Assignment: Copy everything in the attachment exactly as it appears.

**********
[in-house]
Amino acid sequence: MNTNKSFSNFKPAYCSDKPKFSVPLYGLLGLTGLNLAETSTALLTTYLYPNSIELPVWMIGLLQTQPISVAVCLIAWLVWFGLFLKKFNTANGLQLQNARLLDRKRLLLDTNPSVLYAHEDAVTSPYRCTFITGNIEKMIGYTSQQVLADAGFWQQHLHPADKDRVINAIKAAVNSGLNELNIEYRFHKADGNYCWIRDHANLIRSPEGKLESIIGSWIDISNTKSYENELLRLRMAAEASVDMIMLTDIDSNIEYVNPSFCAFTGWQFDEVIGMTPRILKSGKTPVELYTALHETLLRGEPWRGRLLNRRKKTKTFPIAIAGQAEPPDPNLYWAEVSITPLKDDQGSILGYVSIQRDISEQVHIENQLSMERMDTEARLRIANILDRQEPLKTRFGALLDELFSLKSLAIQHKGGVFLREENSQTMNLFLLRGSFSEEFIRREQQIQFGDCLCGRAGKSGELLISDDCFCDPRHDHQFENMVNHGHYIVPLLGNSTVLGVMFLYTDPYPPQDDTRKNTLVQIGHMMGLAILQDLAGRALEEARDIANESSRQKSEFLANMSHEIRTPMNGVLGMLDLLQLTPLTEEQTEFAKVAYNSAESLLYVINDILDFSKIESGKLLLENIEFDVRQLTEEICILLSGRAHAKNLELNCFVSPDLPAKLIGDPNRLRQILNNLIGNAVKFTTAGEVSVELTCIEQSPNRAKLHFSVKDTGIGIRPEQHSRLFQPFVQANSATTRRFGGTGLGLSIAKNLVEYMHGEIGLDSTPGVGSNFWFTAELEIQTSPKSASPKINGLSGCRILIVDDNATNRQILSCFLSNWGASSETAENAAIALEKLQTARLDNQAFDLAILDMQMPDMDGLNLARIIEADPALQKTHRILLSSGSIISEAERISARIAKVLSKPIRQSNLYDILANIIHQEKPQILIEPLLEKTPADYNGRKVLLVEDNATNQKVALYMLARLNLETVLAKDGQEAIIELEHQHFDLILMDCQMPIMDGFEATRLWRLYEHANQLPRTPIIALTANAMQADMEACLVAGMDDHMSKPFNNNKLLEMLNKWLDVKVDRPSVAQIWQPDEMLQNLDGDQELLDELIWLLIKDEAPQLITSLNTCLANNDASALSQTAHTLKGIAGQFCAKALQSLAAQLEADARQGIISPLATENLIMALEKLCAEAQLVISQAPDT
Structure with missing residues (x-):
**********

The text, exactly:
[in-house]
Amino acid sequence: MNTNKSFSNFKPAYCSDKPKFSVPLYGLLGLTGLNLAETSTALLTTYLYPNSIELPVWMIGLLQTQPISVAVCLIAWLVWFGLFLKKFNTANGLQLQNARLLDRKRLLLDTNPSVLYAHEDAVTSPYRCTFITGNIEKMIGYTSQQVLADAGFWQQHLHPADKDRVINAIKAAVNSGLNELNIEYRFHKADGNYCWIRDHANLIRSPEGKLESIIGSWIDISNTKSYENELLRLRMAAEASVDMIMLTDIDSNIEYVNPSFCAFTGWQFDEVIGMTPRILKSGKTPVELYTALHETLLRGEPWRGRLLNRRKKTKTFPIAIAGQAEPPDPNLYWAEVSITPLKDDQGSILGYVSIQRDISEQVHIENQLSMERMDTEARLRIANILDRQEPLKTRFGALLDELFSLKSLAIQHKGGVFLREENSQTMNLFLLRGSFSEEFIRREQQIQFGDCLCGRAGKSGELLISDDCFCDPRHDHQFENMVNHGHYIVPLLGNSTVLGVMFLYTDPYPPQDDTRKNTLVQIGHMMGLAILQDLAGRALEEARDIANESSRQKSEFLANMSHEIRTPMNGVLGMLDLLQLTPLTEEQTEFAKVAYNSAESLLYVINDILDFSKIESGKLLLENIEFDVRQLTEEICILLSGRAHAKNLELNCFVSPDLPAKLIGDPNRLRQILNNLIGNAVKFTTAGEVSVELTCIEQSPNRAKLHFSVKDTGIGIRPEQHSRLFQPFVQANSATTRRFGGTGLGLSIAKNLVEYMHGEIGLDSTPGVGSNFWFTAELEIQTSPKSASPKINGLSGCRILIVDDNATNRQILSCFLSNWGASSETAENAAIALEKLQTARLDNQAFDLAILDMQMPDMDGLNLARIIEADPALQKTHRILLSSGSIISEAERISARIAKVLSKPIRQSNLYDILANIIHQEKPQILIEPLLEKTPADYNGRKVLLVEDNATNQKVALYMLARLNLETVLAKDGQEAIIELEHQHFDLILMDCQMPIMDGFEATRLWRLYEHANQLPRTPIIALTANAMQADMEACLVAGMDDHMSKPFNNNKLLEMLNKWLDVKVDRPSVAQIWQPDEMLQNLDGDQELLDELIWLLIKDEAPQLITSLNTCLANNDASALSQTAHTLKGIAGQFCAKALQSLAAQLEADARQGIISPLATENLIMALEKLCAEAQLVISQAPDT
Structure with missing residues (x-):